Wings 3, Blues 10

When I read comments like the QotD from Zetterberg or what I consider to be the runner up here, I can shove down my anger and replace it with something resembling hope that this time they got the message. Unlike last time.

The February 9 loss to the Predators was the equivalent of a guy who never thought of himself as out of shape or in bad health having some chest pain that made him realize he should eat better and exercise more.

So, we got a five-game winning streak.

Then the Big Macs and deep fried cheesy bacon sticks became too much of a temptation. It started out with just that one lunch, then that other indulgence. Then we got March. Then most of any pretense of caring about eating right and exercising went out the window in the past week and a half.

And then, the full-blown heart attack, the ambulance ride, the shaming beat-down from the doctor, the whole bit.

Last night was an extreme symptom of systemic problems that have been evident in the Wings’ game all season. More often than not, they are able to ignore those problems and come out on top by sheer force of offensive ability, which is why they’ve been able to hold down the second seed in the West. But occasionally, the pond hockey act doesn’t work.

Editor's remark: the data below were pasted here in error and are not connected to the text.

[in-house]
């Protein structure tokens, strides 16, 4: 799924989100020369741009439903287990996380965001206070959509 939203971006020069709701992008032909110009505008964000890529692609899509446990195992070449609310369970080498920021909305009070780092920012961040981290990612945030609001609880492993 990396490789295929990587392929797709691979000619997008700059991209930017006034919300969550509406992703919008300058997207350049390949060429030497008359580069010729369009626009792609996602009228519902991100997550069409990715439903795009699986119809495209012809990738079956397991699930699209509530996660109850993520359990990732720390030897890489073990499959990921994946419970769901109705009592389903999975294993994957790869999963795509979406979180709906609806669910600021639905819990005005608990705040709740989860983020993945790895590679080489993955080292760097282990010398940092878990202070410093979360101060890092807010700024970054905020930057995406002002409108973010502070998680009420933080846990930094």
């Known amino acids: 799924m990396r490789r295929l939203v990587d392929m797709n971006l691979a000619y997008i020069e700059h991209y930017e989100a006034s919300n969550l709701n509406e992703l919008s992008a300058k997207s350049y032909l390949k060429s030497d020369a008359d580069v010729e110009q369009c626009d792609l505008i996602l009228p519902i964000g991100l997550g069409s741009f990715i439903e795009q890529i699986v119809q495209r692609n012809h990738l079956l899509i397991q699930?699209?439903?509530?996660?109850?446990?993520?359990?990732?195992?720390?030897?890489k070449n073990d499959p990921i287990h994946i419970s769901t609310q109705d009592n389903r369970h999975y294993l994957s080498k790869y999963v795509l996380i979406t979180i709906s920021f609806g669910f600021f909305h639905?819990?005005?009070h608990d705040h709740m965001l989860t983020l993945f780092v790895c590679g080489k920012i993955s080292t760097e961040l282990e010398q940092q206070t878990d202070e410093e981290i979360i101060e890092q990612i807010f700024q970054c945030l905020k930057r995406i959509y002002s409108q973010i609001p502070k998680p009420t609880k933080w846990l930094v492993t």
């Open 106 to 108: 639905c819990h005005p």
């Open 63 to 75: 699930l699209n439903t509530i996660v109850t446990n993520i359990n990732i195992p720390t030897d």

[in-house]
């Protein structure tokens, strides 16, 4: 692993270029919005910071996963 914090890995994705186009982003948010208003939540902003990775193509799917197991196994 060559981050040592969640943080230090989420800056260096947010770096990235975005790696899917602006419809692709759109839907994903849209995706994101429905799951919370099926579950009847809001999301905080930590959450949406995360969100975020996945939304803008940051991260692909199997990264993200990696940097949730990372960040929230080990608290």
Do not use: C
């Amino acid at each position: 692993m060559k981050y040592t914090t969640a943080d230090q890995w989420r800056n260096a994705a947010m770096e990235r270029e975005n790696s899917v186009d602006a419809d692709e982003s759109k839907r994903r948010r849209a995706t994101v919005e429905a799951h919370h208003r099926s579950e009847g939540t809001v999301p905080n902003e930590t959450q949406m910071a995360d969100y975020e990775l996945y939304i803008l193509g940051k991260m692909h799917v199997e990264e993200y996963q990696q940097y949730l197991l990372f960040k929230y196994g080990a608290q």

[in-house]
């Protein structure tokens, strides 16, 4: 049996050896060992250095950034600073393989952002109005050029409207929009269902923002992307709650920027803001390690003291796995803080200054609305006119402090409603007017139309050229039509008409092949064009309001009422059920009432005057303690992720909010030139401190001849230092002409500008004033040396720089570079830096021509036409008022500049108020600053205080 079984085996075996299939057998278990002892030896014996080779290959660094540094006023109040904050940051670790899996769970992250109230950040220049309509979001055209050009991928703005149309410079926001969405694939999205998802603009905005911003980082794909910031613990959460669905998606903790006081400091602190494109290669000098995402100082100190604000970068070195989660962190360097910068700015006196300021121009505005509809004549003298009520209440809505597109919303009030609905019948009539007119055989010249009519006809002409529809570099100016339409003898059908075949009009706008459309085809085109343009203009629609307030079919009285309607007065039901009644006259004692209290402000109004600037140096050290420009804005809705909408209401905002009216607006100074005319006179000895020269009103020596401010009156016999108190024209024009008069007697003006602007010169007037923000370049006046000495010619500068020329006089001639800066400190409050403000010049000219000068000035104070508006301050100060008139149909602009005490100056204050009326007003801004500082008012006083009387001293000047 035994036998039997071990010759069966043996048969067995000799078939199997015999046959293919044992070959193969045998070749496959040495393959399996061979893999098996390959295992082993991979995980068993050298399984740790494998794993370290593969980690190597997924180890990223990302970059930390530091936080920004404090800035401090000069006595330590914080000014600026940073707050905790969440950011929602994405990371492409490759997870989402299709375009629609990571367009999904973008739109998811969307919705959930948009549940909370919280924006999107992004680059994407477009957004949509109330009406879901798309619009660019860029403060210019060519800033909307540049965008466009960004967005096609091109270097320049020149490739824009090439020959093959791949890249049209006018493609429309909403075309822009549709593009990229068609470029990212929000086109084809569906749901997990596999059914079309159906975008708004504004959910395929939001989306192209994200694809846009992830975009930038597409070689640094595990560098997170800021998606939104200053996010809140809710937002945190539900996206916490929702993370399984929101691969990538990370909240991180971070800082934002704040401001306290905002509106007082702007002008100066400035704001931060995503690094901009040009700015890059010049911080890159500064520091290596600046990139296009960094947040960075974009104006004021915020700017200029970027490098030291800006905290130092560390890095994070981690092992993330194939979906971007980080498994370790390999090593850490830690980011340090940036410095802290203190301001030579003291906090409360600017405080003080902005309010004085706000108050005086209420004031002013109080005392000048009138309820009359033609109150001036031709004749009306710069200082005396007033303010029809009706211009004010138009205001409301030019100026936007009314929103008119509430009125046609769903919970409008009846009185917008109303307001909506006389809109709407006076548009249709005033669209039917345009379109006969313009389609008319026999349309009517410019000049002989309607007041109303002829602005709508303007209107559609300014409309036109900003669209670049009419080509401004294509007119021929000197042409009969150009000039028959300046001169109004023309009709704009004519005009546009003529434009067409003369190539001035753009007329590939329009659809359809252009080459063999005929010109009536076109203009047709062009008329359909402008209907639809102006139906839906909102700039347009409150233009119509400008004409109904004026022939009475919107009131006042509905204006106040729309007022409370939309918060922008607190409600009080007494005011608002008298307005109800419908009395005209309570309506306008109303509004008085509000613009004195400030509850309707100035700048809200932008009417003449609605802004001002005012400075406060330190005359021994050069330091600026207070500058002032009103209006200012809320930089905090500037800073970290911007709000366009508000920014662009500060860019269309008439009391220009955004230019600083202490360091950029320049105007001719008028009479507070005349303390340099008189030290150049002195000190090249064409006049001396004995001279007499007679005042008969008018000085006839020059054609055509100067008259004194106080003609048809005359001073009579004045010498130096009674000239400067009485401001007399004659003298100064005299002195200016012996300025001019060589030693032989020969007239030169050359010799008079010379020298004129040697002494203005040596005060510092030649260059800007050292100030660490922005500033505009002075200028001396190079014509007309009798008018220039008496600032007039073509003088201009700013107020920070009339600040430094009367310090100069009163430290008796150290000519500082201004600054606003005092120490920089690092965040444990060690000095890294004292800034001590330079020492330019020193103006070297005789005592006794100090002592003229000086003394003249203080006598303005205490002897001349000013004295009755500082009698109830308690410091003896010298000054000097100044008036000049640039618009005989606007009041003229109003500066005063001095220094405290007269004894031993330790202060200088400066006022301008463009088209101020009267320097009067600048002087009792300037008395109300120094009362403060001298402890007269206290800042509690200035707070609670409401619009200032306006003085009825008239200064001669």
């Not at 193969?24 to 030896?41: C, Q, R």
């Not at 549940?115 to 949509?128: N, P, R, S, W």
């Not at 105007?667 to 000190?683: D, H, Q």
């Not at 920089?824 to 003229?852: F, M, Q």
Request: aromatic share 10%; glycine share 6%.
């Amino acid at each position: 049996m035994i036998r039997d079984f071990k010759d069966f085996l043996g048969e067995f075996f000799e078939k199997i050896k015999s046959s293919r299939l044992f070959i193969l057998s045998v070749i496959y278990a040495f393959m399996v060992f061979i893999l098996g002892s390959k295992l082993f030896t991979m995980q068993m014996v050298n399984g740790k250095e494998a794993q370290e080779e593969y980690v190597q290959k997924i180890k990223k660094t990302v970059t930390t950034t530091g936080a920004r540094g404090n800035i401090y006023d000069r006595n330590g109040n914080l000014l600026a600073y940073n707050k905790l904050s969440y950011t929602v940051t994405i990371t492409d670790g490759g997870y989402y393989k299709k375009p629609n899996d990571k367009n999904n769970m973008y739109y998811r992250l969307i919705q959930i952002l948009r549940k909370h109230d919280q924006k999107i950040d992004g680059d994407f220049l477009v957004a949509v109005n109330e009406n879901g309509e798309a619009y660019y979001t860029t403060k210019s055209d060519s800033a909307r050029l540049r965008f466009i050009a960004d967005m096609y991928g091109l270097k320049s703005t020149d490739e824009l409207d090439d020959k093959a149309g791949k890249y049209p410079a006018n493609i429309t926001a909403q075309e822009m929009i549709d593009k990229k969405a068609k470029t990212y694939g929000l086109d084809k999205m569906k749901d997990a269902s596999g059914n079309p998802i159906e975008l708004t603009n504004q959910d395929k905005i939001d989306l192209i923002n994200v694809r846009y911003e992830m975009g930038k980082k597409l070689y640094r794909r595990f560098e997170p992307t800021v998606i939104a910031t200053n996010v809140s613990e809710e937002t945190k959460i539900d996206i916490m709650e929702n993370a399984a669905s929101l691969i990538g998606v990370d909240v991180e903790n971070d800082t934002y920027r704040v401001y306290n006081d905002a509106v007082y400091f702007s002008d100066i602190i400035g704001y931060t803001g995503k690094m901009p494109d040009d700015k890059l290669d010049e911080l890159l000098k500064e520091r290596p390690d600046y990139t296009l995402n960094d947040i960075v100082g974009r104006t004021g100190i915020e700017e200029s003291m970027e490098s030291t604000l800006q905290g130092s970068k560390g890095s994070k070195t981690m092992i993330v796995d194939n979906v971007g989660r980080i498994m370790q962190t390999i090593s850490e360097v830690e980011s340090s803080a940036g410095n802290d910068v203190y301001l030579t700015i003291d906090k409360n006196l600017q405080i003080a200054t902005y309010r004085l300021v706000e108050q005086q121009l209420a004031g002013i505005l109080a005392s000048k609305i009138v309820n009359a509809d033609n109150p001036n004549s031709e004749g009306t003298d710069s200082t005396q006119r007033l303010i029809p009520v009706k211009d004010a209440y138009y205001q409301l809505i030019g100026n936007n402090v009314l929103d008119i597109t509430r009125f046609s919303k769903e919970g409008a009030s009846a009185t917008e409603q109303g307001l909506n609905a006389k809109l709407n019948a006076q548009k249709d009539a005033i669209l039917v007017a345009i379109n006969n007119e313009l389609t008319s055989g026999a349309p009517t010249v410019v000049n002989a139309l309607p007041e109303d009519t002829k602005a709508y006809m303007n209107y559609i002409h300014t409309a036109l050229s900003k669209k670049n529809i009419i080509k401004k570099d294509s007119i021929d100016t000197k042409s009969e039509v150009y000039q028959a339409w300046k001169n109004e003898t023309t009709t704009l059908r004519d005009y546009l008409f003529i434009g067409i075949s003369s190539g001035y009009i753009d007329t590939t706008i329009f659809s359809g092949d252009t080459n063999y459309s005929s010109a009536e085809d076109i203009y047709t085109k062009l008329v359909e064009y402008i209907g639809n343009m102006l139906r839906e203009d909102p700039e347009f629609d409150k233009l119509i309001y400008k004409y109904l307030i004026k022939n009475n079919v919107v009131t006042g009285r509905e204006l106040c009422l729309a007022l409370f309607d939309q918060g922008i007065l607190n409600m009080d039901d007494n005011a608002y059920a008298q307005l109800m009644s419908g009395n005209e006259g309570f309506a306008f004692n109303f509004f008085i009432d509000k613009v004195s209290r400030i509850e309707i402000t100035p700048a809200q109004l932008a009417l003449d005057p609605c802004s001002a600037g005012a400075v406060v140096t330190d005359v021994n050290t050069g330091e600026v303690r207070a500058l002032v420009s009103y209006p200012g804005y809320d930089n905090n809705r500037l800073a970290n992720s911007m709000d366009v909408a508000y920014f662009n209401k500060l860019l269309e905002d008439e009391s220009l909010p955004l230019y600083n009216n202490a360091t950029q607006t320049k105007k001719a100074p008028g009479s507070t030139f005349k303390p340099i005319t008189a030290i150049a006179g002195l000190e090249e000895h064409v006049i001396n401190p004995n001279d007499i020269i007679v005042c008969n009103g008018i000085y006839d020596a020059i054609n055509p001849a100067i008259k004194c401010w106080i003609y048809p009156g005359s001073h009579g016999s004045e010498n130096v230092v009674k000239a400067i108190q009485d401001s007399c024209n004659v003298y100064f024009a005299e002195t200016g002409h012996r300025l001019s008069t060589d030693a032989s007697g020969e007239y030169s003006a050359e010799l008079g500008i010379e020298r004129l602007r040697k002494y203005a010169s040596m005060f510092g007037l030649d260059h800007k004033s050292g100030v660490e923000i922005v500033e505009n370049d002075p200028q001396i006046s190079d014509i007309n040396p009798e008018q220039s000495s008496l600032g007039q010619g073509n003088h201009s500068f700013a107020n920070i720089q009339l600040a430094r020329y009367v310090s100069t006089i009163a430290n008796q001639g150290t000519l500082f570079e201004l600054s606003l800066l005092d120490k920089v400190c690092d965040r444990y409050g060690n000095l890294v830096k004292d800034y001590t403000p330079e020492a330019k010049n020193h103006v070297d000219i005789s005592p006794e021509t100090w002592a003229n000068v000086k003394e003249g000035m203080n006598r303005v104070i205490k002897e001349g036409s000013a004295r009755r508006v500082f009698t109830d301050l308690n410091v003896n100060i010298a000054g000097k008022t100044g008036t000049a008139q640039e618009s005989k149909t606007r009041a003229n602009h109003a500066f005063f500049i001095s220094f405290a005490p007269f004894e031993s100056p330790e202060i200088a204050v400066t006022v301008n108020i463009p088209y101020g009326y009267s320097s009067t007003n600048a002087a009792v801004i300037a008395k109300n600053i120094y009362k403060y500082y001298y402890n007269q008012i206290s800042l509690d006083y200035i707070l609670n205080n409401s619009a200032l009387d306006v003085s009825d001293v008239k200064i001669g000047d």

Getting thumped by the Blues, in an ideal world, should have the effect of shocking the Wings out of defensive complacency into a realization that they’ve got to get it together or face a short post-season against teams that can beat them in will even while they can’t match them in firepower.

Taking it back to the analogy, it’s time to start eating right and exercising, for serious this time. Or we’re headed for another heart attack and the likelihood of that one being fatal (to any hopes of a long run) is pretty high.

Zetterberg knows it.

It’s two weeks before the playoffs and we should be playing a lot better than this. If we play like this in the playoffs it’s going to be an early exit.

Lidstrom knows it.

We got embarrassed at home. We got embarrassed in front of our home crowd and booed off the ice and rightfully so. We were just awful tonight.

It will be a real mark of the leadership of those two men how they respond to this in getting their teammates going.

Also, part of Lidstrom’s comment needs addressing. When the captain approves of booing, that ought to be good enough for anybody. But I understand if it’s not, even if it is for me.

Though I will say I don’t need Nick’s say-so to get pissed with the team. To take it back to the analogy one more time, is the family of the guy doing him any favors supporting his bad eating and lethargy? I doubt you could make that case. Part of loving something is holding it to a standard of accountability. And that may mean being critical or pointing out possible areas of improvement. For a fan base that has no other way of communicating to a team, booing has to be the means to convey that feedback.

It can be taken too far. But booing in and of itself is not some kind of betrayal of the team. An apathetic response would be.

To be clear, I’m incredibly disappointed in the team for last night’s offering. But the basis for that disappointment is my faith that they can do so, so much better. This team has by and large coasted to second place in the West. Imagine what they could do if they hit the gas.

I hope that last night is a night the Wings look back on and say “Never again. We will be better,” with the understanding lesser blowouts with a similar lack of effort are no less unacceptable. I believe they will.